Friday, March 30, 2012
A Spinto Soprano Who Blows The Doors Off The Onegin Letter Scene,
The name Beata Malkin is another name lost to the ages due to the Holocaust. As a matter of fact, her career which was one which could be called nothing but spectacular, was completely changed because of the Holocaust. Malkin (1892-1973) was born in Odessa, the daughter of the famed violinist Joseph Malkin; her brothers also musicians played as the Malkin Trio. She spent most of her early adult life in Germany, studied in Berlin with Franceschina Prevosti (Verdi's favorite Violetta) and made her stage debut in Riga as a house soprano from 1918-1919. From 1920-1922 she was a house soprano in Mannheim. Wilhelm Furtwangler heard her and engaged her for Berlin in 1924 as Micaela in Carmen. Her huge success led to her permanent engagement there, so from 1925-1933 she was the reigning lyrico-spinto with the Charlottenberg (Staedische) Opera, where she was a great favorite of Bruno Walter and received a large share of the available roles. In 1927 she guested at La Scala and in 1931 at the Vienna Staatsoper. In 1932 Serge Koussevitzky commissioned Frederick Converse to write a biblical symphony for the Boston Symphony Orchestra entitled Prophecy just for Malkin, The work is dedicated to her and was premiered in 1932. She escaped Germany in 1934 and came to New York. Malkin sung concerts throughout the North East and also with a Russian opera company which performed under the direction of violinist Efrem Zimbalist, at what is today the City Center Theatre in New York. Then her career took a turn, her Father and Brothers had established themselves in New York and even built the Malkin Conservatory. She was in demand as a concert singer around the Country. However in late 1935 she decided to go back to Russia to aid in the war effort. Malkin came back to Russia a celebrity and was hired to sing both concerts and opera to the troops, as well as throughout the Russian provinces. She was allowed to leave and returned to New York in 1946, to be with her family. She then picked up her concert singing for a few years, Eventually she helped run her Father's conservatory and taught singing.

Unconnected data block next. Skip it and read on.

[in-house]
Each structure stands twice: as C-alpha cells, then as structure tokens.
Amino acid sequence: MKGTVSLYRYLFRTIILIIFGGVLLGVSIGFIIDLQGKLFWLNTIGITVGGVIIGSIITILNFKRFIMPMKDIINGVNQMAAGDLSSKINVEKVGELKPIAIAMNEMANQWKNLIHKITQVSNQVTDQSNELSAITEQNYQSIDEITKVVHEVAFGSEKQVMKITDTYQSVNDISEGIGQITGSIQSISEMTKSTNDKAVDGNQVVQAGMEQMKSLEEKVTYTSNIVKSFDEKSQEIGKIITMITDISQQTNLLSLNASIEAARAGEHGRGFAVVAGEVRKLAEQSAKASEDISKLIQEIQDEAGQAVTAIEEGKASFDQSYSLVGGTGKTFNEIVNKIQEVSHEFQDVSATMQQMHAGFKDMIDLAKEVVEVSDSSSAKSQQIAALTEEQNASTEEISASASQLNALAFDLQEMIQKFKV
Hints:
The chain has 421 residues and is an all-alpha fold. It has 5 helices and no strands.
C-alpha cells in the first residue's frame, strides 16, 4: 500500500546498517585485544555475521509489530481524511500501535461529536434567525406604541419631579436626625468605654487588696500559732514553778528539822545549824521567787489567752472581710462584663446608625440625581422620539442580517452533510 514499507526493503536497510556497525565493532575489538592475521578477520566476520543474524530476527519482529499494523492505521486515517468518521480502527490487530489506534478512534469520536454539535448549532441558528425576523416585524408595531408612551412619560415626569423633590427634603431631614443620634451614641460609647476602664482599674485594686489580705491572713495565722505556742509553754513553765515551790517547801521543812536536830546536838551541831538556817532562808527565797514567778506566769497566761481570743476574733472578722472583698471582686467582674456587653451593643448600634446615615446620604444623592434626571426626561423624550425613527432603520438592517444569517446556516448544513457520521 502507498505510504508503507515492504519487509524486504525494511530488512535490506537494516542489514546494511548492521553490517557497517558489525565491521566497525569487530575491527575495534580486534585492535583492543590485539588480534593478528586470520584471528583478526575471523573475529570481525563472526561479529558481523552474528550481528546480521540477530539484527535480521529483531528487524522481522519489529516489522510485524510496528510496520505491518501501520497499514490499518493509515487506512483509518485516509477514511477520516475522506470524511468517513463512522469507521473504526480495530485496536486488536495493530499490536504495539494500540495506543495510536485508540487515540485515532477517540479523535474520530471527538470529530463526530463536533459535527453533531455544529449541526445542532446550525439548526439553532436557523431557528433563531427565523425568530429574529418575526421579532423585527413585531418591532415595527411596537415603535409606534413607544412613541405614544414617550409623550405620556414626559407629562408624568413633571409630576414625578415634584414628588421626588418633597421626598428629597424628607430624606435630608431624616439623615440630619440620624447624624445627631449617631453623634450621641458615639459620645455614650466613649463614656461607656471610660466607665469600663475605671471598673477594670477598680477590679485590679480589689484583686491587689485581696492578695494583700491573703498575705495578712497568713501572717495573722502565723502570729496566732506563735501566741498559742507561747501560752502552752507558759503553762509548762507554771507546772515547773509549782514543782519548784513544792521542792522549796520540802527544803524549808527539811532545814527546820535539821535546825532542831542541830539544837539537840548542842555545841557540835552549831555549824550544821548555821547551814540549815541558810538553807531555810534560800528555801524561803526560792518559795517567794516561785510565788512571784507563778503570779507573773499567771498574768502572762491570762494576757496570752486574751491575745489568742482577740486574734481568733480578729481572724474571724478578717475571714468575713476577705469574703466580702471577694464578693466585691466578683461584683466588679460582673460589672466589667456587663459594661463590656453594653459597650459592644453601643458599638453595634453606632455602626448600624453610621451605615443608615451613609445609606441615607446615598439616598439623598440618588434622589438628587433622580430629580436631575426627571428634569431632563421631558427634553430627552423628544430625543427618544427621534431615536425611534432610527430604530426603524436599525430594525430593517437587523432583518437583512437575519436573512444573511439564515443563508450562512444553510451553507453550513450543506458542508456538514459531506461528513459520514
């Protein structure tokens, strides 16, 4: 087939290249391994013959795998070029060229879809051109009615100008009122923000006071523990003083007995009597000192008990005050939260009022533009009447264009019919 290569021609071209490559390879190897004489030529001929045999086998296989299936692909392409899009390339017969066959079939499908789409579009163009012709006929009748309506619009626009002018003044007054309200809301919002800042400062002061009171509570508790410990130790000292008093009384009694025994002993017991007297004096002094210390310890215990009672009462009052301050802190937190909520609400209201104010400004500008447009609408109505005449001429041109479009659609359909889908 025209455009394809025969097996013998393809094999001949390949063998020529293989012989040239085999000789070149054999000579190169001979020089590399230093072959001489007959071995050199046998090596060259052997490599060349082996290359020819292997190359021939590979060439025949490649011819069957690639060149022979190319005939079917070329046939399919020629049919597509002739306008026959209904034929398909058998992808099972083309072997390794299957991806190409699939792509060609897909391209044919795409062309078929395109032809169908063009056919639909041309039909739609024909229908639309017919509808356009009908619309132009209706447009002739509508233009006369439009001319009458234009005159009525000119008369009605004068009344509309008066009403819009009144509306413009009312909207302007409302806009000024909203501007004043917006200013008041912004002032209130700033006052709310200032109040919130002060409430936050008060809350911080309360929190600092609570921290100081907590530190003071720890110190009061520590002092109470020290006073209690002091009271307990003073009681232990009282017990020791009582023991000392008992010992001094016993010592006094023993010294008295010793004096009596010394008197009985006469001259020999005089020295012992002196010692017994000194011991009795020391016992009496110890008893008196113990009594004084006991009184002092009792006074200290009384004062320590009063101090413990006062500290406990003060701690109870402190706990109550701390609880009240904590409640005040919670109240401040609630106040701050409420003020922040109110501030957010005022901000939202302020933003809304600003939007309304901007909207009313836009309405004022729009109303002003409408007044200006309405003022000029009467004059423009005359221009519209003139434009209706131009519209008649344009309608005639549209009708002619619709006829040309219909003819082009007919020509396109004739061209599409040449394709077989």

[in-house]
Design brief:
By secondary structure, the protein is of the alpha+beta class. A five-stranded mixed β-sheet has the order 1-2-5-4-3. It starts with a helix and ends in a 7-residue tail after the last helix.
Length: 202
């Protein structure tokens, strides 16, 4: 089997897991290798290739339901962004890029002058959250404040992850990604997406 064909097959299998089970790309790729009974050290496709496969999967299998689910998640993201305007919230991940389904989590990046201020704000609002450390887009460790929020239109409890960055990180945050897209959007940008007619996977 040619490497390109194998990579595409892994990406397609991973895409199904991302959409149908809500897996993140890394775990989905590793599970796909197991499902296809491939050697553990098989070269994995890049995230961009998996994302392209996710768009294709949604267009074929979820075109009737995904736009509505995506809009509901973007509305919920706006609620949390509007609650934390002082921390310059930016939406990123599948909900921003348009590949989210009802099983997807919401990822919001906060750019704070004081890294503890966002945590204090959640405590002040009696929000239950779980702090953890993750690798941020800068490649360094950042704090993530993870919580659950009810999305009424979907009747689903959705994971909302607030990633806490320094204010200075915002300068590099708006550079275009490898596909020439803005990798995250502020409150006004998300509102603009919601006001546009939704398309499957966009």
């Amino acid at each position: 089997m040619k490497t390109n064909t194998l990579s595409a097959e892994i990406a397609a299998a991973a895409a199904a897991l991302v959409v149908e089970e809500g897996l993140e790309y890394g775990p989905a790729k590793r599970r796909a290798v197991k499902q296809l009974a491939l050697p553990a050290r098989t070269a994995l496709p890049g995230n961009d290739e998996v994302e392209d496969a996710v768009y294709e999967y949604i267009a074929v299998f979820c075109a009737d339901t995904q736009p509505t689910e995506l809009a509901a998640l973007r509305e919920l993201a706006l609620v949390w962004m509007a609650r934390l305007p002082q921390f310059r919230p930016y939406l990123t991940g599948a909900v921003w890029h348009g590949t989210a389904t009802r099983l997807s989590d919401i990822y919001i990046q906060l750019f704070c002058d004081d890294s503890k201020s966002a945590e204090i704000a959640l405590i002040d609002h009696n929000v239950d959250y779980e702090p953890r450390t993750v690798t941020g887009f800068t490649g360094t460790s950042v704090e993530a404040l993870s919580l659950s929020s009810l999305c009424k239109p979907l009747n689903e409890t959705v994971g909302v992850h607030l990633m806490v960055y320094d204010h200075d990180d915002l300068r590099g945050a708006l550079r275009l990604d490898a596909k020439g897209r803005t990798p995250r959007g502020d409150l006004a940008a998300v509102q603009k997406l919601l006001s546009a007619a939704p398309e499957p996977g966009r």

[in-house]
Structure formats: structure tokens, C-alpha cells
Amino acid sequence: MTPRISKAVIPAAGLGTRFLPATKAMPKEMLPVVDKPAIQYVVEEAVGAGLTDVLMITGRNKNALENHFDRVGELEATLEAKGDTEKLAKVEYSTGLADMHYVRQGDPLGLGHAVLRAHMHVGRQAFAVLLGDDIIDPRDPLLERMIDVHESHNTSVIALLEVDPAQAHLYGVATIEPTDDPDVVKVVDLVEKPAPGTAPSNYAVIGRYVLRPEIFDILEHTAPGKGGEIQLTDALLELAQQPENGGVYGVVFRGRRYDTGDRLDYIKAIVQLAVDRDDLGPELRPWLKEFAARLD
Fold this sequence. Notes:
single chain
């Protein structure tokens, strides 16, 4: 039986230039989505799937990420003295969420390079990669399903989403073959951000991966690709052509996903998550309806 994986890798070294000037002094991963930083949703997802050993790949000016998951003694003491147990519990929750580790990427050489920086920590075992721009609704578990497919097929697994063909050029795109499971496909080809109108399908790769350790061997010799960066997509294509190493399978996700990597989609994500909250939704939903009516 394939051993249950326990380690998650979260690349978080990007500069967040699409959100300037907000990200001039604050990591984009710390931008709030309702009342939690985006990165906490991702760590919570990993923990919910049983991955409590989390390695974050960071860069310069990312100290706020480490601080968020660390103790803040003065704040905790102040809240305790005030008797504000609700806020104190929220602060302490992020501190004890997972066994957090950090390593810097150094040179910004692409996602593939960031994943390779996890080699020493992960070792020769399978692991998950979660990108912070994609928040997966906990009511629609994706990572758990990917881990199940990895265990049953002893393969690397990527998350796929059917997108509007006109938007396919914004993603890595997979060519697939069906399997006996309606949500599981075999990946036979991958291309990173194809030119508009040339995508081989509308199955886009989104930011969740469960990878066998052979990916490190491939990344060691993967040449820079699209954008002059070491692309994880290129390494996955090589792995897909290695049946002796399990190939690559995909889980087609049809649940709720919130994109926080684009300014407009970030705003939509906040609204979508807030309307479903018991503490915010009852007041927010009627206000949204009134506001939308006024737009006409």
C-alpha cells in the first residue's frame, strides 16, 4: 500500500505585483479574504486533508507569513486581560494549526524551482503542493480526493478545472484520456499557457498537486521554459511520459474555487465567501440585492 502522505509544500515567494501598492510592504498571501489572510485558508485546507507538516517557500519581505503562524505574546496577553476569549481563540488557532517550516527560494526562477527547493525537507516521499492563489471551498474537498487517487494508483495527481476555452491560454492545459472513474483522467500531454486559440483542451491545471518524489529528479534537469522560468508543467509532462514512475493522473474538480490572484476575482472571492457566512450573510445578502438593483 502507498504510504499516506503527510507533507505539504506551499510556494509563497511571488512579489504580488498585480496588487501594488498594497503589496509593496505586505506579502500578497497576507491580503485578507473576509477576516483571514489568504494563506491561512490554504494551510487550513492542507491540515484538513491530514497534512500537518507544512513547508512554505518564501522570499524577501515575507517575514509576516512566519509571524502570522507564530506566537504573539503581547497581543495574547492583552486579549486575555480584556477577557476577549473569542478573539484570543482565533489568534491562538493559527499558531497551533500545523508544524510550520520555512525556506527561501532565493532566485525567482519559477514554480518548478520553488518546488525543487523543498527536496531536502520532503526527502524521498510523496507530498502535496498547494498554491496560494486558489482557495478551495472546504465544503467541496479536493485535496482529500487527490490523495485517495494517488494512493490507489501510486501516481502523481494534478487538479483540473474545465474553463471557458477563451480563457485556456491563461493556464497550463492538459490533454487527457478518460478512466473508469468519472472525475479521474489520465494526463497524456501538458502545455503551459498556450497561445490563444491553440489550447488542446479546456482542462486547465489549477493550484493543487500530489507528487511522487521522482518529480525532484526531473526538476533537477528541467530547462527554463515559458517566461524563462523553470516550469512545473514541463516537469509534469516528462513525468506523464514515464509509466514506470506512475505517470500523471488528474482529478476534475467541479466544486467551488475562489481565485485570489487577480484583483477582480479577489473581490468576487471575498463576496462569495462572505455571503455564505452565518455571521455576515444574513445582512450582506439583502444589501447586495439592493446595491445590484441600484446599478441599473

The recording you are about to hear is one of the finest Onegin letter scene's we have ever encountered. This Harmonie Autographs and Music, Inc. proprietary transfer of a 1929 Parlophon electric recording with their studio conductor Frieder Weissmann leading a superb pick-up orchestra. Malkin completely inhabits the role of Tatiana and the orchestra just melds beautifully into her singing.